The white supremacists behind Antelope Hill, a hate group that churns out books that idealize fascism and denigrate marginalized groups, exploit the low standards for entry of online retailers such as Amazon to run their business.
Hatewatch reported in June that extremists Vincent Cucchiara, 24, Sarah Elizabeth Cucchiara (née Nahrgang), 25, and Dmitri Anatolievich Loutsik, 25, run the publishing company Antelope Hill from properties they own in eastern Pennsylvania. The company collaborates frequently with National Justice Party, a pro-Hitler white supremacist group that traffics heavily in antisemitic conspiracies, and they sometimes sell books authored by its associates. Members of National Justice Party host book-burning parties, where they set fire to books authored by Jewish people and others they revile.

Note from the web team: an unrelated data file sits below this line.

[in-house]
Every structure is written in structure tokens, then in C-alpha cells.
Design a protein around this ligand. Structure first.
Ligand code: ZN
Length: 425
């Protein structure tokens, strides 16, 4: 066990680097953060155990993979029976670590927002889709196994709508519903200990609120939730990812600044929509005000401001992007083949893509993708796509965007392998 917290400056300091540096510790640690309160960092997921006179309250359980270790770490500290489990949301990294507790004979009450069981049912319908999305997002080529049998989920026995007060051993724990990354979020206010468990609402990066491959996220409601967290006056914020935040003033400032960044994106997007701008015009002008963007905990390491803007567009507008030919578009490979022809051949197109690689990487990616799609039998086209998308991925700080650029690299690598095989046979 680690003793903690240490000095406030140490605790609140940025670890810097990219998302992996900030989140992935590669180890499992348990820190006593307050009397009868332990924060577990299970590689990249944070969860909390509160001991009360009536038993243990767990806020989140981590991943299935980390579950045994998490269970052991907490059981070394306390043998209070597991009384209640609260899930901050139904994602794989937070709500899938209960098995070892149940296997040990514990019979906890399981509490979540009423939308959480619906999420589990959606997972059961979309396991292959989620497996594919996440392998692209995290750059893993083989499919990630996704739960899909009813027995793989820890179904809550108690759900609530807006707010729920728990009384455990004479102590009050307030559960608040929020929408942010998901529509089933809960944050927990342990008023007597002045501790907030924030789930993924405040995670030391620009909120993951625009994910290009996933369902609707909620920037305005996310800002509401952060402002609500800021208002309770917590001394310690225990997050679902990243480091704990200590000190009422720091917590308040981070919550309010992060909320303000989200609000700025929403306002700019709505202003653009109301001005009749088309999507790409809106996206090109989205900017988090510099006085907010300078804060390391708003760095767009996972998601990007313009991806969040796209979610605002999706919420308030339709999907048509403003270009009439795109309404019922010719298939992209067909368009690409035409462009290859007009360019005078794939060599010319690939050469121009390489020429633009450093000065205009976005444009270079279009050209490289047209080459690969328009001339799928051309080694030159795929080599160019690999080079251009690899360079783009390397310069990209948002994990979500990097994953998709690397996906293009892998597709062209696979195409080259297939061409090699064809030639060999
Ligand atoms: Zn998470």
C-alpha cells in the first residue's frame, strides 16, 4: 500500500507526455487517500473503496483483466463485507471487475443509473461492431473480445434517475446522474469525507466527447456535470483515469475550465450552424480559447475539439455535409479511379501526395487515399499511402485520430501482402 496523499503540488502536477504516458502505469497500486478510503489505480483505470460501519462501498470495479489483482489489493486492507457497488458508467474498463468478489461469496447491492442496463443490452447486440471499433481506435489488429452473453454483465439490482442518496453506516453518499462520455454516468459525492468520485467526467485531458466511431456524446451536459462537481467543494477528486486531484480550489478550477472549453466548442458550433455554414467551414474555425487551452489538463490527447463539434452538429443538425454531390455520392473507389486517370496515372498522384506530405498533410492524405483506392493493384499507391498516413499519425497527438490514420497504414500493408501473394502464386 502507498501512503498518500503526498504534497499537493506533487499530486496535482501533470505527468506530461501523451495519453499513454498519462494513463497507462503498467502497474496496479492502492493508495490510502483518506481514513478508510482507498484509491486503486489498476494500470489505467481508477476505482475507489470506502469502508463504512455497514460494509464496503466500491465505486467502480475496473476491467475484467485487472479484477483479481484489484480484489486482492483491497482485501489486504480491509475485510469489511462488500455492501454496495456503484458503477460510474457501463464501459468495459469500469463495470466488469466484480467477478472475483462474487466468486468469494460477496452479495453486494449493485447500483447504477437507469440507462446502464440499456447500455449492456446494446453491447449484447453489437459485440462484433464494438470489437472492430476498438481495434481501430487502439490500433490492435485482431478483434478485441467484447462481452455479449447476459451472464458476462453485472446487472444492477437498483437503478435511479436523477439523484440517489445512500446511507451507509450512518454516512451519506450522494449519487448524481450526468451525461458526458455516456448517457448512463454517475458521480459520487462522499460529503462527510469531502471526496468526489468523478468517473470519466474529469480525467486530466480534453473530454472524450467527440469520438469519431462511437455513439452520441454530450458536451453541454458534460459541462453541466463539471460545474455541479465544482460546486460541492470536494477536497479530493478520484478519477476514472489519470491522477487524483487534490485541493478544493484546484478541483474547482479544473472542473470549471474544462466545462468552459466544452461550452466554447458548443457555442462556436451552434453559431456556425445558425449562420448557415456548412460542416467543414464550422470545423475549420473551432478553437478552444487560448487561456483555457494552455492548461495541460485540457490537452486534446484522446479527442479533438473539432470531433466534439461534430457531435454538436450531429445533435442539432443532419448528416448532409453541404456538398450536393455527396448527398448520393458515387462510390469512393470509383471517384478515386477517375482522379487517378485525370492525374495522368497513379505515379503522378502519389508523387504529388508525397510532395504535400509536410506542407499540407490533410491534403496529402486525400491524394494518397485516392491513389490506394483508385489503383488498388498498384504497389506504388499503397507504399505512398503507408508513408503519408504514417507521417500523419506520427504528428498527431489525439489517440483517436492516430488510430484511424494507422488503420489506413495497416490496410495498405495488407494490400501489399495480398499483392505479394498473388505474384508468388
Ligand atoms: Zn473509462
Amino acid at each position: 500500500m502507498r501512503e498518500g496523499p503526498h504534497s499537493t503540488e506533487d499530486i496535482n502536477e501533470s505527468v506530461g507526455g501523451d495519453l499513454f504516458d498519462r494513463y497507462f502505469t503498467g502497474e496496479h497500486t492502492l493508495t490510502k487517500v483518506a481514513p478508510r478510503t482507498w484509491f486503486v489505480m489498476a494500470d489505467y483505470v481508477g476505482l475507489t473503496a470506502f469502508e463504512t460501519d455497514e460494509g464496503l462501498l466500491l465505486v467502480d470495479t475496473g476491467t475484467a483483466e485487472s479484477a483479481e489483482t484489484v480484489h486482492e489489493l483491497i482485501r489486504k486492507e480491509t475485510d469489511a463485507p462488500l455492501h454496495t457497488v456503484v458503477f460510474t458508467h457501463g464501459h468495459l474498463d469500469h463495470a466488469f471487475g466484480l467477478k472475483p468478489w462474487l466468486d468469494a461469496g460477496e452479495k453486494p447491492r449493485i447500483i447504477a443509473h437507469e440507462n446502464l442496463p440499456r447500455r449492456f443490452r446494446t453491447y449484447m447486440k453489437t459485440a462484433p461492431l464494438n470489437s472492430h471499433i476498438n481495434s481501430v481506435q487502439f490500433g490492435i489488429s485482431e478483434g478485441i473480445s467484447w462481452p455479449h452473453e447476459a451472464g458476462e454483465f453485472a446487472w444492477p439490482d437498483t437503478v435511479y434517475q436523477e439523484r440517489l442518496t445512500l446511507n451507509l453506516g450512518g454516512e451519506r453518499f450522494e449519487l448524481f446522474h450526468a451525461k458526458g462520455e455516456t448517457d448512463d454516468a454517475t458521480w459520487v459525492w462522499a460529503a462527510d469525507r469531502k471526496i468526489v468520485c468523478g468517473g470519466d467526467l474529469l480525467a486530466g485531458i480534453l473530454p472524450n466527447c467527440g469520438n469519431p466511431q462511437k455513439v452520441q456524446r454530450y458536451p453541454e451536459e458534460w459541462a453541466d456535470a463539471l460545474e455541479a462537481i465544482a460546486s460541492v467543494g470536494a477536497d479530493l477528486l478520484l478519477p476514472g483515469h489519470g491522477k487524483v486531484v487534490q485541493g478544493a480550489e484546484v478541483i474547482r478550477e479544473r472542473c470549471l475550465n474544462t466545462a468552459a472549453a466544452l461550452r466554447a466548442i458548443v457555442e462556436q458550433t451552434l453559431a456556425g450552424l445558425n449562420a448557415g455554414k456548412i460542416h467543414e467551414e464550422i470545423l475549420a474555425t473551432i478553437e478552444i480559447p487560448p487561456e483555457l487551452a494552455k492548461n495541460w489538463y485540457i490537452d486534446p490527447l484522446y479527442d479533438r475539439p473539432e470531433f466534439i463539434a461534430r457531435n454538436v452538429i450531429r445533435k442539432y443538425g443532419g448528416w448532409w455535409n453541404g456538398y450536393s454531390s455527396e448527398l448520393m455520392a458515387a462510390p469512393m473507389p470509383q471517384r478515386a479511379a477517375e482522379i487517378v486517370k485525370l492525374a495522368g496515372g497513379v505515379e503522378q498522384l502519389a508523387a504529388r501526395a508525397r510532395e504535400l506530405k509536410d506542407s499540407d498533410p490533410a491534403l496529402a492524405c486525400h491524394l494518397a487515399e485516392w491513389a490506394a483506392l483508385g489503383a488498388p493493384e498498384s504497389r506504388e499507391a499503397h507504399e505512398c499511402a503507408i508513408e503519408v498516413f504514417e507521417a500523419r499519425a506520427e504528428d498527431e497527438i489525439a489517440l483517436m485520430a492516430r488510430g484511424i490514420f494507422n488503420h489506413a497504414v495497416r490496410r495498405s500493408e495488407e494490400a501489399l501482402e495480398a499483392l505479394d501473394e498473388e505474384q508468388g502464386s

Antelope Hill established their publishing business as an LLC, and Hatewatch has been unable to determine how much profit they make from selling their books. What money the extremists do bring in through Antelope Hill appears to be made through their website and with the help of online retailers like Amazon, who may set limits around selling some hateful material, but does not adequately assess whether the sellers themselves are part of the organized white supremacist movement.
Hatewatch reached to Antelope Hill via email for a comment on this analysis but did not receive a response.
Charting on obscure Amazon subcategories
Like Twitter, which extremists exploit to grow their ranks and instigate chaos, Amazon consistently ranks as one of the most highly trafficked websites in the world. Antelope Hill promotes their relationship to Amazon publicly. For example, the group published a tweet on July 17 boasting that their reprint of a 1924 text, authored by a Jewish man and purporting to show differences in behavior between Jewish and white, non-Jewish people, was trending #1 in Amazon new releases under the subcategory of “Jewish social studies.”